What's the Difference Between Kyphoplasty and Vertebroplasty?

The vertebrae in your spinal column are subjected to numerous forces every day. Each time you take a step — or run or jump — the shock of impact stresses your vertebrae. If your vertebrae are weak because you have osteoporosis, they could develop fractures that cause the bone to collapse.

Compression fractures may put pressure on nearby nerves, causing pain whenever you move. Severe fractures are also the reason some people become smaller as they age. And why women, in particular, may develop the age-related hunched-back condition known as “dowager’s hump.”

As a spine expert, Jocelyn R. Idema, DO, and her team here at Steel City Spine and Orthopedic Center are dedicated to preserving your spinal column’s integrity and height. That’s why we offer in-office kyphoplasty and vertebroplasty procedures. 

If your compression fractures haven’t responded to conservative treatment and lifestyle changes, you may be a candidate for an in-office surgical correction. 

What’s the difference between kyphoplasty and vertebroplasty, and how do you decide which is right for you? Here’s the breakdown.


If you have pain or immobility from mild compression fractures, you may be a candidate for vertebroplasty. Vertebroplasty is the simpler of the two procedures. Rather than restoring height to your fractured vertebrae, vertebroplasty seals the fractures and stabilizes your bones.

As with kyphoplasty, Dr. Idema first takes X-rays and other imaging studies to determine the location of your compression fractures. After you receive sedation medication and anesthetics to numb the pain, you lie prone on the treatment table while Dr. Idema inserts a hollow needle into the vertebra that has compression fractures.

She uses fluoroscopic guidance to steer the needle directly to the fracture. She then slowly injects a special cement called polymethylmethacrylate (PMMA) through the needle into the fracture to close and stabilize it. 

She may need to administer more than one injection to completely fill the empty space.

Vertebroplasty stabilizes your vertebrae so you can move with ease and without pain. But because it doesn't restore height to a collapsed vertebra, it’s best for simple or hairline fractures.


Many aspects of kyphoplasty are similar to vertebroplasty. You’re awake but pain-free in both procedures. The main difference between the two is that in kyphoplasty, Dr. Idema first inserts a balloon into the fracture space.

She inflates the balloon to restore the collapsed vertebrae’s height. The pressure of the balloon lifts the bone upward. The balloon’s presence also forces the soft inner part of the bone outward, compacting it, so it creates a stable cavity in the newly opened space.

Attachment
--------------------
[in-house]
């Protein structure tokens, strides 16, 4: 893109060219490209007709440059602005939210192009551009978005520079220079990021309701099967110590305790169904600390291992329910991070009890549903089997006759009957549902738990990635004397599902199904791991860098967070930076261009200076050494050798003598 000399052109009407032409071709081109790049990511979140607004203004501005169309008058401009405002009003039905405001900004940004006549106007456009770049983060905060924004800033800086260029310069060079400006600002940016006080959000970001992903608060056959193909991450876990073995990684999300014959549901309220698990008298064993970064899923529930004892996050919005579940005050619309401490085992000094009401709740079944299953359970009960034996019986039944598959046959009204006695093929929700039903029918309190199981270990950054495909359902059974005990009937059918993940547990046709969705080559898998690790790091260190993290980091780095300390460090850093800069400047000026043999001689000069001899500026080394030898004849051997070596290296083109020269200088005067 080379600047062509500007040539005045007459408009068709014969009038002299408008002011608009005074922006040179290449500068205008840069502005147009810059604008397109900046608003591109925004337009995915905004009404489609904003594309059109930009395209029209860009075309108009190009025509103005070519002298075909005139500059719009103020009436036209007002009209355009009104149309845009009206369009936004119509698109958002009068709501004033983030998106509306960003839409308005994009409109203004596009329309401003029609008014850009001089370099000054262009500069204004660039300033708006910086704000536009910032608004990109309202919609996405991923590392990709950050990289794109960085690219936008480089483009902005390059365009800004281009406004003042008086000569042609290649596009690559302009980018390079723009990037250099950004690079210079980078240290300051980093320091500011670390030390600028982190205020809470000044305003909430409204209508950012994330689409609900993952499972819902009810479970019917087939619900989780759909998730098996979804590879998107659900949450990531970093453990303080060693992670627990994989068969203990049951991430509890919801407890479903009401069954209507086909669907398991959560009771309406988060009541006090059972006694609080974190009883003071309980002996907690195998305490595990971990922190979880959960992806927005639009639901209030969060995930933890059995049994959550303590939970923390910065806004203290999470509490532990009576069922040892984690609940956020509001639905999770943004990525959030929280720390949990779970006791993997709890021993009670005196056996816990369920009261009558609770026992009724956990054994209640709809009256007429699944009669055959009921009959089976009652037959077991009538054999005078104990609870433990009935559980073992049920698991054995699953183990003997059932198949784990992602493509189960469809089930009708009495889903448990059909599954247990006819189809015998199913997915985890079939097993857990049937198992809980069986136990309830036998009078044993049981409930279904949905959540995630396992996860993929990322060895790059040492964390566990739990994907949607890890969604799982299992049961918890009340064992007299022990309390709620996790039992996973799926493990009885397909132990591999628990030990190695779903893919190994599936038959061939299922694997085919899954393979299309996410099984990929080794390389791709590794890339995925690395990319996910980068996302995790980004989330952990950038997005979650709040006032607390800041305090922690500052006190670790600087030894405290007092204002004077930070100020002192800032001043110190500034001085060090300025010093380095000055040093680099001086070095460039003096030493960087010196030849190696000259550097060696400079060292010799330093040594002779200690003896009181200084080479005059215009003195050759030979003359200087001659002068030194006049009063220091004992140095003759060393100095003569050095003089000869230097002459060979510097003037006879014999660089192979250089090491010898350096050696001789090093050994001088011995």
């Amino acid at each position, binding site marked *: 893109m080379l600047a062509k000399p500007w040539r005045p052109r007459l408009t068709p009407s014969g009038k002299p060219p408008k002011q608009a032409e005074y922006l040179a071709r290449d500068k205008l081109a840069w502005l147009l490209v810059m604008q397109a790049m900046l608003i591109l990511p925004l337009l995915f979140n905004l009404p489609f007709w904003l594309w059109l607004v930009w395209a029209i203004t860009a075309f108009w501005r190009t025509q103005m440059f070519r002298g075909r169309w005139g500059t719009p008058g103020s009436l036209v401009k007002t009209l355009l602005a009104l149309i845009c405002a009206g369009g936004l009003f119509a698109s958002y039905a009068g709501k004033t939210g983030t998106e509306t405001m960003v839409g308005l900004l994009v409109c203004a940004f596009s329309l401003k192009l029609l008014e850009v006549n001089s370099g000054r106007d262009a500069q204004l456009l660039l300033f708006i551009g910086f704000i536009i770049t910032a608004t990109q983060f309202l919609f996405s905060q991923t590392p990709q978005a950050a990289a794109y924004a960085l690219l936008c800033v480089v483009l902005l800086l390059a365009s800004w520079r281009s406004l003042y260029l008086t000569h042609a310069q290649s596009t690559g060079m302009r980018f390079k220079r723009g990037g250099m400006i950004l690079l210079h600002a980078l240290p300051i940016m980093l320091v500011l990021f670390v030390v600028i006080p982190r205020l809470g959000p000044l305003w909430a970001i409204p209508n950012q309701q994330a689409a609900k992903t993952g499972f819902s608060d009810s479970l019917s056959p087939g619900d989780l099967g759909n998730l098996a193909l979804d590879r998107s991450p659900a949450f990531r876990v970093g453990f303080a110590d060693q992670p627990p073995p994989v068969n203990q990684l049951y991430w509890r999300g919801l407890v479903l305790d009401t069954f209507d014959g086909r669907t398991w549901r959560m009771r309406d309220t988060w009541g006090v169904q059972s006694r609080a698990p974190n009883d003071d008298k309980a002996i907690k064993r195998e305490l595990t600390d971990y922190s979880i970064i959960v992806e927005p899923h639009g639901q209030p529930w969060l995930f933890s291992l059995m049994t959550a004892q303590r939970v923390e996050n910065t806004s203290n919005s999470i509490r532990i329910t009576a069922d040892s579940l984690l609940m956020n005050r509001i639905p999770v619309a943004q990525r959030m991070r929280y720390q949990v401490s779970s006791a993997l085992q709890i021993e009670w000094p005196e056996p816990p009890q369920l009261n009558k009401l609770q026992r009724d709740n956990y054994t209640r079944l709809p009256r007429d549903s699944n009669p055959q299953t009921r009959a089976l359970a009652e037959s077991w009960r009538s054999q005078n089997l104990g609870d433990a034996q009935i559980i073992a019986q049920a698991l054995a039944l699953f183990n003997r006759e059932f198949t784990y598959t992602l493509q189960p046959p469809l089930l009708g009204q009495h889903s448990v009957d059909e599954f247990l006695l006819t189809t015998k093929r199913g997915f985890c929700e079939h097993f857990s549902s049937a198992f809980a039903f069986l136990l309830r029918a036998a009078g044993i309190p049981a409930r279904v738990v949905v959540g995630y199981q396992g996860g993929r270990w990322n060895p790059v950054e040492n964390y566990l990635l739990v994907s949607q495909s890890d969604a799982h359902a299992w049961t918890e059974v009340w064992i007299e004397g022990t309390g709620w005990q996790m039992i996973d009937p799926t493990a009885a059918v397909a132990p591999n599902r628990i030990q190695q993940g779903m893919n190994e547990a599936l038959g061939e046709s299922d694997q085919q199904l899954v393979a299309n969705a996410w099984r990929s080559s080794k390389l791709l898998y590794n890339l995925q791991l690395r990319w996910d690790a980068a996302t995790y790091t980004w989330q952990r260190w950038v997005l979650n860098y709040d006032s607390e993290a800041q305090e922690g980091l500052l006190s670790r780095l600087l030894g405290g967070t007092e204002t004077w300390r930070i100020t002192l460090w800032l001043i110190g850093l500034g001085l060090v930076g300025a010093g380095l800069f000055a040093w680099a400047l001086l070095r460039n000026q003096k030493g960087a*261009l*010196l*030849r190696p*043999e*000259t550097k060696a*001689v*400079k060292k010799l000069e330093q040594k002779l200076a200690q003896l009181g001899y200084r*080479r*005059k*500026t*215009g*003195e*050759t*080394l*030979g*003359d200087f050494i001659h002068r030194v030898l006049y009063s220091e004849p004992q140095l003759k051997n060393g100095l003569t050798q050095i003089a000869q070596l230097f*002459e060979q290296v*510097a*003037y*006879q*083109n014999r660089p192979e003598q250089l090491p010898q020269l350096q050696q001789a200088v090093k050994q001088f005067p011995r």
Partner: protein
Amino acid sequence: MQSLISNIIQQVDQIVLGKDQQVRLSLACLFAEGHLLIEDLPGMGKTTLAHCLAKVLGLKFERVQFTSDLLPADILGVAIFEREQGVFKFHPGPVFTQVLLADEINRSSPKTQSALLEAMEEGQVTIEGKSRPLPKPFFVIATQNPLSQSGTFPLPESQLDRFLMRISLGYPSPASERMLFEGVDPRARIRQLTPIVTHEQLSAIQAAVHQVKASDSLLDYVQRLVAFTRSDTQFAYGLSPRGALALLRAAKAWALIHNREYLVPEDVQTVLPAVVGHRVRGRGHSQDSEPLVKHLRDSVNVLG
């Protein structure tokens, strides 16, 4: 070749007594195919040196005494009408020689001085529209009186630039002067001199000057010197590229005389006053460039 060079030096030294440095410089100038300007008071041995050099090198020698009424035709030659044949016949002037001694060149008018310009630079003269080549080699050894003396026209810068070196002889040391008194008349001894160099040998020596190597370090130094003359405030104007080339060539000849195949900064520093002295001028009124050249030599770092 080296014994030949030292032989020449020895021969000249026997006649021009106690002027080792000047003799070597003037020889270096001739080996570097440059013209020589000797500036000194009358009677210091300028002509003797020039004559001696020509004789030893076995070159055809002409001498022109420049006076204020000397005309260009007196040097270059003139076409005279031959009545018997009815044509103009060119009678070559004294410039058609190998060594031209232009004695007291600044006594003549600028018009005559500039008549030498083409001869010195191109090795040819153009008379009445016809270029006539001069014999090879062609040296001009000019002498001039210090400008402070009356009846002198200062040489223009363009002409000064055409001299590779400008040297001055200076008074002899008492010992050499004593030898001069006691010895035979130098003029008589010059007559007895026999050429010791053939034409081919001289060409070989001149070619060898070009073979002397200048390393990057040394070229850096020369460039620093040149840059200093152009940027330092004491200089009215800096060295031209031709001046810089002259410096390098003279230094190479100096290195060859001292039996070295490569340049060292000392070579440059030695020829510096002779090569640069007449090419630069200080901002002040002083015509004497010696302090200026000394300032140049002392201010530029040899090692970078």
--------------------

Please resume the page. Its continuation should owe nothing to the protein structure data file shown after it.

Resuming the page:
Dr. Idema then fills the cavity with PMMA. The cement not only fills and stabilizes the fracture, it adds back the volume and height lost to the compression. 

Both procedures only take about an hour per vertebra treated. You may need to wait several hours before returning home. Recovery begins after just a few days but may continue about six weeks. 

You don’t have to live with painful or degenerative compression fractures anymore. Contact us today about kyphoplasty or vertebroplasty and to schedule an appointment. We have offices in Pittsburgh, McKees Rocks, and Washington, Pennsylvania.

You Might Also Enjoy...

Kyphoplasty vs Vertebroplasty: Which is Right for Me?

Back problems are pretty common, especially as you get older, but often they don’t require surgery. If your spine fractures and you need surgery, it’s important to know whether your condition needs kyphoplasty or vertebroplasty.

5 Different Surgeries That Help Severe Neck Pain

When severe neck pain doesn’t respond effectively to conservative care measures, it may be time to consider surgery. Explore some of the most common surgical techniques for chronic neck pain, and find out which may be right for you.

How Do You Know If You Have a Disc Injury?

Back injuries are quite common, whether they come from sports injuries, exercise, or just lifting something the wrong way. When dealing with problems related to back injuries, how do you know when it’s caused by a spinal disc?

What Is Spinal Stenosis?

Many people have backaches from time to time, and nearly everyone has had the uncomfortable experience of having a sore neck. Sometimes, though, such problems persist, and you need an expert. Spinal stenosis could be to blame.